We haven’t been paying quite as much attention to next Tuesday’s Virginia Democratic Primary as we probably should. But these charts from Pollster.com tell you pretty much all you need to know:
The purple line is Creigh Deeds, whom I’d been hoping might lose mainly because I don’t want to be misspelling his first name for the next six months. But there’s been some fairly robust polling of this race, and Deeds has all sorts of momentum. The green line is Terry McAuliffe, the outspoken former DNC chair and longtime Democratic consultant. McAuliffe does not have the momentum. In fact, his stock is dropping like a rock. Meanwhile, the third candidate, Brian Moran, is gaining ground on McAuliffe too but having trouble keeping up with Deeds. Does this pattern look familiar to anyone?
This was the polling situation in the run-up to the 2004 Iowa Democratic Caucus, with the last data point representing the actual results. As you can see, while it was clear from the polling that Howard Dean was losing momentum and John Kerry and John Edwards were gaining it, the polling far underestimated the magnitude of the momentum, and Dean wound up losing to Kerry by 19 points.
These kind of dramatic late swings happen more often in primaries than in general elections, and more often in multi-candidate fields than in two-candidate ones. I don’t want to say they’re always dispositive, because I haven’t studied the issue systematically enough. Of note is that at least one hot-off-the-presses poll (from SurveyUSA) still has McAuliffe ahead by 6 points. But overall, and particularly in consideration of the fact that is Terry McAluiffe, who started out with the biggest warchest and the most name recognition, it’s hard to see what he’s going to do to halt his slide.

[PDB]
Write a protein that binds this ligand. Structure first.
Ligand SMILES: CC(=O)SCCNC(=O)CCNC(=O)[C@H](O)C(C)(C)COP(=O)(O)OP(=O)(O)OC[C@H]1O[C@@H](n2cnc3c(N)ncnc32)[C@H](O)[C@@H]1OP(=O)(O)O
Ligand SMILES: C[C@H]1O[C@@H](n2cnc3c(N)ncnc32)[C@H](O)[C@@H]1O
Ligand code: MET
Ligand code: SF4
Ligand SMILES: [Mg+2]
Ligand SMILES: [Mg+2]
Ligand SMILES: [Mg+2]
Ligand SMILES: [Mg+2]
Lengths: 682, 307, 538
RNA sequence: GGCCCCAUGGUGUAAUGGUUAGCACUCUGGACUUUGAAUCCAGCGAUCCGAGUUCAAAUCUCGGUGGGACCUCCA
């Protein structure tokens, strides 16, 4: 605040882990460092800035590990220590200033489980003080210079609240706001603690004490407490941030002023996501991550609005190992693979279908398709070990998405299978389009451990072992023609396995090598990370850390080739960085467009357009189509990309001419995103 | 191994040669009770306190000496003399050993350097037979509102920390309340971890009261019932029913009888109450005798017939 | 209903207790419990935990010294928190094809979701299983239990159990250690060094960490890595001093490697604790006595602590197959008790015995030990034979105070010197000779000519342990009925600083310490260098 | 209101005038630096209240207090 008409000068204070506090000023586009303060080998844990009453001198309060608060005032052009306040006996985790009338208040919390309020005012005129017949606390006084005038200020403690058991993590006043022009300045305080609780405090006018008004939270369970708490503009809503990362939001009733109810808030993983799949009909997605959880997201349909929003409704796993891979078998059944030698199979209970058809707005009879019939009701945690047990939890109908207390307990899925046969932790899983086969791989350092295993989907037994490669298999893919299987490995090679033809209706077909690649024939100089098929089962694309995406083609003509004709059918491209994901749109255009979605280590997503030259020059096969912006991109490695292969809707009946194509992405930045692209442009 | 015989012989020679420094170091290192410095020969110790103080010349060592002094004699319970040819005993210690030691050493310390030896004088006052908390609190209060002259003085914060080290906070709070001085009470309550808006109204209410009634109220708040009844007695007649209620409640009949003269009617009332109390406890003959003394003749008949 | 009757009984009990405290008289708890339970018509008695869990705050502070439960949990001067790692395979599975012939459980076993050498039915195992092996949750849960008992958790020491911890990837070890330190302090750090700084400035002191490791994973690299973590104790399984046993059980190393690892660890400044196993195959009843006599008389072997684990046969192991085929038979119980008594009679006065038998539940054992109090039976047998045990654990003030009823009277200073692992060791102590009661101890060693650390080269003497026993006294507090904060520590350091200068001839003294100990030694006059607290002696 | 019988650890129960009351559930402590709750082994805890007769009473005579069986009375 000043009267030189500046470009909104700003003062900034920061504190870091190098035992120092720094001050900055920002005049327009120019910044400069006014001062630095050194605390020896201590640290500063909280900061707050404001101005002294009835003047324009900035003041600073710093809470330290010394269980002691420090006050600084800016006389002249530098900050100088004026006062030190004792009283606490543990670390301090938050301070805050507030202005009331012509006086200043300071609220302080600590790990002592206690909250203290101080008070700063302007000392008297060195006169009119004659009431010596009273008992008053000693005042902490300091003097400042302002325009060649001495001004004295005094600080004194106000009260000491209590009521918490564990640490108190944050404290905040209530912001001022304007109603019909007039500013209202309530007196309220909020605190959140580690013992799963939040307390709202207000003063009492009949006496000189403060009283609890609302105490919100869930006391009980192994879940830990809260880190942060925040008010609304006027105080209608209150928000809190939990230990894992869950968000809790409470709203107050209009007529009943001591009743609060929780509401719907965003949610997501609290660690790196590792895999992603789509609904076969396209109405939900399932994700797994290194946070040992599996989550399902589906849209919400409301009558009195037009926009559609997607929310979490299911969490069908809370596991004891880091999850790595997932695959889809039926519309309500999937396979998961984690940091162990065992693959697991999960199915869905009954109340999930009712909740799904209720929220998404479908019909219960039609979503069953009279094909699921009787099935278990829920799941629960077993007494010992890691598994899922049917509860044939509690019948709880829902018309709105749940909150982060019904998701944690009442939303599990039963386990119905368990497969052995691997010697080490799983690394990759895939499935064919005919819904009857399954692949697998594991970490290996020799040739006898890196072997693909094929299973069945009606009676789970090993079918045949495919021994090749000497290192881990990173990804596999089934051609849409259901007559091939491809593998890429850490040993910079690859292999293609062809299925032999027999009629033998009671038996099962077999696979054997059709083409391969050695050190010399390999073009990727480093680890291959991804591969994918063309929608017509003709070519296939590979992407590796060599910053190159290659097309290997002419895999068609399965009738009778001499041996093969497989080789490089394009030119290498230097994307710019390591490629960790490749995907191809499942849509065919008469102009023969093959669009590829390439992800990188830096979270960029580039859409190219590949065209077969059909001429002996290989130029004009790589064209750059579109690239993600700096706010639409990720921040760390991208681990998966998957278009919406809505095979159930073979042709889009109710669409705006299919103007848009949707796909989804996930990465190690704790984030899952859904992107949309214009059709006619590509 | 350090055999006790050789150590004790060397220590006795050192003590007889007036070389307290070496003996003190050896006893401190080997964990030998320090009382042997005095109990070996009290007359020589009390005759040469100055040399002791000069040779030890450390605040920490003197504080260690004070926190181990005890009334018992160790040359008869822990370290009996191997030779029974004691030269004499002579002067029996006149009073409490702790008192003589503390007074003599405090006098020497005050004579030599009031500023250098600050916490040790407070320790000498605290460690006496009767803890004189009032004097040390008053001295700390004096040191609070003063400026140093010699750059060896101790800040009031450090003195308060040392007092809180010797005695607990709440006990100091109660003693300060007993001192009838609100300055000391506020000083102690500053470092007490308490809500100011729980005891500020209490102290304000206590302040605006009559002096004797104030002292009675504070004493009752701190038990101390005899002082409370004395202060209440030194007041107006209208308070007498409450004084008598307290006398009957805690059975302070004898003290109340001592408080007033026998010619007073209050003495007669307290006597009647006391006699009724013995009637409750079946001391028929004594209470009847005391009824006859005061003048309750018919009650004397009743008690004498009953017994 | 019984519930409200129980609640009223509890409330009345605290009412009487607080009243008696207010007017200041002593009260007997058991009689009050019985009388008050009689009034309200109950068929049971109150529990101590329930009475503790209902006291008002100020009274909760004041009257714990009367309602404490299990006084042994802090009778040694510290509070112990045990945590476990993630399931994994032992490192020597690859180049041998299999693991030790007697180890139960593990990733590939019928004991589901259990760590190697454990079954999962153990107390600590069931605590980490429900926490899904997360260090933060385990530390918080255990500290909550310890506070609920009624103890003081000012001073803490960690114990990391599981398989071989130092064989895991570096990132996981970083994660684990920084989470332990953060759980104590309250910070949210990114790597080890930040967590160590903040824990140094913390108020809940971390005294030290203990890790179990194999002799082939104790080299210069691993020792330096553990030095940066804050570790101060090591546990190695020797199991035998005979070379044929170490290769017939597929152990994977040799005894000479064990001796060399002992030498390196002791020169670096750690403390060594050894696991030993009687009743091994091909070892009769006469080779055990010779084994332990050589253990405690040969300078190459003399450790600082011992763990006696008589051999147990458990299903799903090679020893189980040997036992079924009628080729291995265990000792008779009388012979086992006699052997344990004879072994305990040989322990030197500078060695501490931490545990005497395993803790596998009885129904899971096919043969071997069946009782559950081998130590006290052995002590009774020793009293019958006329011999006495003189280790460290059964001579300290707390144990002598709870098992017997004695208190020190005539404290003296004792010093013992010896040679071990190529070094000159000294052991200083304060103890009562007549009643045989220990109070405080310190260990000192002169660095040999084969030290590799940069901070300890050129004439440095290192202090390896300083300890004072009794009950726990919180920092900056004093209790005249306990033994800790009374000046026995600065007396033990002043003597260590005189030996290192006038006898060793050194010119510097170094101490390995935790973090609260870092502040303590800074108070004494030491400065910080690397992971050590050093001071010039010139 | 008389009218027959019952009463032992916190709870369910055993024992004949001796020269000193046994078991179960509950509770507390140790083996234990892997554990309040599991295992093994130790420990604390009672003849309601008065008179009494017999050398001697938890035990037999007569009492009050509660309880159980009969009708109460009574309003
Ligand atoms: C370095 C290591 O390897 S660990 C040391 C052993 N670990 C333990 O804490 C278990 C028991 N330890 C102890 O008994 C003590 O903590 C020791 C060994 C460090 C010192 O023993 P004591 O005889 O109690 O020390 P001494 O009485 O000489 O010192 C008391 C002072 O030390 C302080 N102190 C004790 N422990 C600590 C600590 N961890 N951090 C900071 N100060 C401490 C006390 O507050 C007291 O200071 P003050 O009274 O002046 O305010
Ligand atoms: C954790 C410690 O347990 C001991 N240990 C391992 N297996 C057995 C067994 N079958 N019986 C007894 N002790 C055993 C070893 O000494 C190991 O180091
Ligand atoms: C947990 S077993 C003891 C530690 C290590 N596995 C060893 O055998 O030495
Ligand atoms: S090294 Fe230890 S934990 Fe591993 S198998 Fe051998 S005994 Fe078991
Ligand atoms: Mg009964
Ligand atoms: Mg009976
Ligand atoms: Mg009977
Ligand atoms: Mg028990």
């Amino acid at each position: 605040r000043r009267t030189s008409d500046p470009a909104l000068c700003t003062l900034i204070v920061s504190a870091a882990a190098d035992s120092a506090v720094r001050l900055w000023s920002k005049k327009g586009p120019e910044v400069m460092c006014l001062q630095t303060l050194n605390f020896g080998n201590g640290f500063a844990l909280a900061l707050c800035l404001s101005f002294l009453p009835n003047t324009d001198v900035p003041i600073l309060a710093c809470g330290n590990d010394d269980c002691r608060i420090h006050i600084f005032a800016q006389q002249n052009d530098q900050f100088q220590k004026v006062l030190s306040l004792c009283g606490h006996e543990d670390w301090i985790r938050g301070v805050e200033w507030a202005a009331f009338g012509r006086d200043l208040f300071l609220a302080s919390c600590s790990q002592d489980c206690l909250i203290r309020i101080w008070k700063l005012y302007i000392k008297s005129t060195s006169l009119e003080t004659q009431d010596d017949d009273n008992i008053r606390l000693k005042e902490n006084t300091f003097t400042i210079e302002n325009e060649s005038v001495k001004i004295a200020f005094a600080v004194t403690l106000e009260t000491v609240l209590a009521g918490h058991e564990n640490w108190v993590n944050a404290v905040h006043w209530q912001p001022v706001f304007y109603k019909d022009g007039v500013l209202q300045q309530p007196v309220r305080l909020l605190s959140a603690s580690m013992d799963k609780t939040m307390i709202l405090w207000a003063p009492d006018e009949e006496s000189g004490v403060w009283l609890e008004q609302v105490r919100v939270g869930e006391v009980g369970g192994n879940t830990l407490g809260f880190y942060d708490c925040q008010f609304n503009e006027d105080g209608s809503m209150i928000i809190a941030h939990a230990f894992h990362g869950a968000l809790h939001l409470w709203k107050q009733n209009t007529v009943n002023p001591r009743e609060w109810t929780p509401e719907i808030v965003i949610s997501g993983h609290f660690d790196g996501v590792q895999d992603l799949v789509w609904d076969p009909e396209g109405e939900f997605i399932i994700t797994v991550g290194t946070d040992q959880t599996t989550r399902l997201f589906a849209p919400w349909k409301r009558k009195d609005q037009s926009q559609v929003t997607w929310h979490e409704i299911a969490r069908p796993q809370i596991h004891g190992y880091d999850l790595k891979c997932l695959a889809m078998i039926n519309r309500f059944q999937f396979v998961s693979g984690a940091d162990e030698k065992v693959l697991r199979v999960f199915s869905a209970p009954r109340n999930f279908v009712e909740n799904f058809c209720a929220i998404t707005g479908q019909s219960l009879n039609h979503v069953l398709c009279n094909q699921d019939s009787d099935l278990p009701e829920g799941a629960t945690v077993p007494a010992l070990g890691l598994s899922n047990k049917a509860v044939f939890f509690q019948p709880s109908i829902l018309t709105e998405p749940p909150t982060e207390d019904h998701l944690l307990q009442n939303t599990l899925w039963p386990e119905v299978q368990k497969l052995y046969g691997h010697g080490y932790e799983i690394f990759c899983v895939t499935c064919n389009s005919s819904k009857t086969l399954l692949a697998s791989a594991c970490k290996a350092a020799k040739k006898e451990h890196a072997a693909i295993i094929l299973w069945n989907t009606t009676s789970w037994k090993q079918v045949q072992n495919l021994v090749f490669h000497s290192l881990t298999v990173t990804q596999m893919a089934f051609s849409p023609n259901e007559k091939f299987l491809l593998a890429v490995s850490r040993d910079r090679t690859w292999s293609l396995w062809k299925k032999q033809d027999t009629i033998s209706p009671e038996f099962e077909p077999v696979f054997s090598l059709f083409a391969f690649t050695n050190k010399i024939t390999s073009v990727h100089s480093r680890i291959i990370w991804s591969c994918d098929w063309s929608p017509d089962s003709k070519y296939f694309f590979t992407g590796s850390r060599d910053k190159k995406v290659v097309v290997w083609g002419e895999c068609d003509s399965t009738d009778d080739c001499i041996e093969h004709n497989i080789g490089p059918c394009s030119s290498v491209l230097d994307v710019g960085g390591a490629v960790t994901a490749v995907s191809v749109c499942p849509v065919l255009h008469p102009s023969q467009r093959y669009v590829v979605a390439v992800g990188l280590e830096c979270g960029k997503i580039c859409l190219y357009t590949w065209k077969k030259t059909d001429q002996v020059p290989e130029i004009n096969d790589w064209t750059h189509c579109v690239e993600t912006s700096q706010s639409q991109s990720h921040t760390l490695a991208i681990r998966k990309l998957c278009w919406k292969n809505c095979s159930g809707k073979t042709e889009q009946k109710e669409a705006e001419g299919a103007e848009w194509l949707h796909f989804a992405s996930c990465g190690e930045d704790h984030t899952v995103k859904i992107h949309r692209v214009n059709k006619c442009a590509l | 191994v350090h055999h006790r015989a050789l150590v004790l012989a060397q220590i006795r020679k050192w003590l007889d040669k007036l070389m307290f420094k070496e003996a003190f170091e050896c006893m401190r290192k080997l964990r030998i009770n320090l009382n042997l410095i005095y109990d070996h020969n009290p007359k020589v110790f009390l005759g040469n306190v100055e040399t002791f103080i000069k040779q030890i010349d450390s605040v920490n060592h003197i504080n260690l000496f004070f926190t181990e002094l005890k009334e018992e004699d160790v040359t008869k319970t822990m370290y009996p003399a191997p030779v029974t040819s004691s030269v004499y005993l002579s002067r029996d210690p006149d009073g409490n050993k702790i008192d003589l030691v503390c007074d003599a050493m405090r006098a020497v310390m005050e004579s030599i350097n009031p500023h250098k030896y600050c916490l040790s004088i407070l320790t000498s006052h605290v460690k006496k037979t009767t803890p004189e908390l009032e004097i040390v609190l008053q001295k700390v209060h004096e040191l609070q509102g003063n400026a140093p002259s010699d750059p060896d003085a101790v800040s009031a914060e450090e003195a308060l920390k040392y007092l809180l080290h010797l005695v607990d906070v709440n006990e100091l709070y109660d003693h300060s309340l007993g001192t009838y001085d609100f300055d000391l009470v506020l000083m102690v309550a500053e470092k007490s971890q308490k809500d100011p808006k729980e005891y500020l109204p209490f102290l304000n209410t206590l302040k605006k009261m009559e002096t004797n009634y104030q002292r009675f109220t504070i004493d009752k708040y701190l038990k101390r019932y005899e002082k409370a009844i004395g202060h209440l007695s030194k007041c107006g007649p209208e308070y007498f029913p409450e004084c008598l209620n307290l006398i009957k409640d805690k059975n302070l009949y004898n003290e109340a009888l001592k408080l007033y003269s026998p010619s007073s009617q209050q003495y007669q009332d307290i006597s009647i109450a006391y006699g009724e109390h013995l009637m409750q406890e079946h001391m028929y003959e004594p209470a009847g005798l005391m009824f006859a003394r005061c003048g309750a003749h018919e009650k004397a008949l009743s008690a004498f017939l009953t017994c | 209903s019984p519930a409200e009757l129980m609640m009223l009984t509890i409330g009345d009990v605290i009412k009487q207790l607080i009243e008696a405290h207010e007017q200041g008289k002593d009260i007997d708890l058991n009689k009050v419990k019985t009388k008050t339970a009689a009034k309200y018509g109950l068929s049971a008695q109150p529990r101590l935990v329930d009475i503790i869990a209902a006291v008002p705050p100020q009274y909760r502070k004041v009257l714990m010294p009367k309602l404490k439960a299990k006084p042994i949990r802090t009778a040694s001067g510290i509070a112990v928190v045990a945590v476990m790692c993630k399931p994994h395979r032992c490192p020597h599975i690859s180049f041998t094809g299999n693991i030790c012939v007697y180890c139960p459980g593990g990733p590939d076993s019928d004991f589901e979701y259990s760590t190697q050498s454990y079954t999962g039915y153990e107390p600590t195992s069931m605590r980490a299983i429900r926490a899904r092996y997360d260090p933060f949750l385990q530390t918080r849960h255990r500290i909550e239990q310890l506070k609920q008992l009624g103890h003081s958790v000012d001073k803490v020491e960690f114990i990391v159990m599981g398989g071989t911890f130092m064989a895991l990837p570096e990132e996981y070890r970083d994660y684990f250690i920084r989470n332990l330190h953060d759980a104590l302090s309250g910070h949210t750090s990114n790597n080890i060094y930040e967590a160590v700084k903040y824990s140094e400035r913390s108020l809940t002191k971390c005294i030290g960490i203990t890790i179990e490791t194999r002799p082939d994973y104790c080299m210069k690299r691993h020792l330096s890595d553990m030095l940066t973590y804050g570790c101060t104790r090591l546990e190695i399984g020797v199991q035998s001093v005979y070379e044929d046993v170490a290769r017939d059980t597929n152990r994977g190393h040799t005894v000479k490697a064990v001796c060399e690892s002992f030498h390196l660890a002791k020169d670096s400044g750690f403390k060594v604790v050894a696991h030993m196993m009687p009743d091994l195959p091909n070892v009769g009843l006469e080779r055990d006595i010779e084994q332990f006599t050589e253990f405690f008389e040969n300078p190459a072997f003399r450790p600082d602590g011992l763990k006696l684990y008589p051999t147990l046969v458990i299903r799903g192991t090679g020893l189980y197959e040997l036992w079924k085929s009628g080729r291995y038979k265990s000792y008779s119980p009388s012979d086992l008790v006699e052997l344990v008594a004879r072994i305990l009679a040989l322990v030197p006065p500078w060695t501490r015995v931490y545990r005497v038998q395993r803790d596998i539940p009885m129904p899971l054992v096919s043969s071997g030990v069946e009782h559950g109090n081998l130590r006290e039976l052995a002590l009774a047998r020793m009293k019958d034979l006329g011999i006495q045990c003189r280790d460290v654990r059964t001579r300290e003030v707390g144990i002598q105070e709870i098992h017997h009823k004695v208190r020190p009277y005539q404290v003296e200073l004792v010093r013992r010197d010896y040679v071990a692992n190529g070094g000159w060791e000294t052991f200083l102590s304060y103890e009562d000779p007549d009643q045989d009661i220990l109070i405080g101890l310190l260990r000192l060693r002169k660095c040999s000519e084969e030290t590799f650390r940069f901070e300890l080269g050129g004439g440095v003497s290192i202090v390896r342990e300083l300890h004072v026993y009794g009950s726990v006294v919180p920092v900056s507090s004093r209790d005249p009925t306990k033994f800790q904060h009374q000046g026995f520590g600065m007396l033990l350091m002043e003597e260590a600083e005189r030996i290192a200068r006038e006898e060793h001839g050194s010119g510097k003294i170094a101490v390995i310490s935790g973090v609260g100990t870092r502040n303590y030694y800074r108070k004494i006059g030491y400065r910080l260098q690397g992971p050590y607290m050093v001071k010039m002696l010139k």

McAuliffe does, however, have one asset that Howard Dean didn’t: Bill Clinton, whom he already pulled out of his hat in mid-May and who will return to Virginia over the weekend. McAuliffe, because of his access to the Democratic establishment, presumably also has things like superior voter lists, which could help his turnout on Election Day.
There is one last problem for McAuliffe, though: what happens to those Moran voters? Will they stick with their guy? He does, after all, seem to have some momentum of his own, and is polling within the margin of error in several surveys. Or, rather than playing the role of John Edwards, will Moran be more like Dick Gephardt, who also lost momentum in the days before the Iowa Caucus and saw most of his vote go to candidates like Kerry and Edwards? If some Moran voters do defect, presumably they would be more likely to go to Deeds, who has substantially better favorables than McAuliffe according to PPP (although Research 2000 disagrees).
My armchair assessment is that the probabilities here are something like Deeds 60-70%, McAuliffe 20-30%, and Moran 10-20%. Like Dean, McAuliffe wears his emotions on his sleeve, and if he were to lose, the concession speech should be something to watch.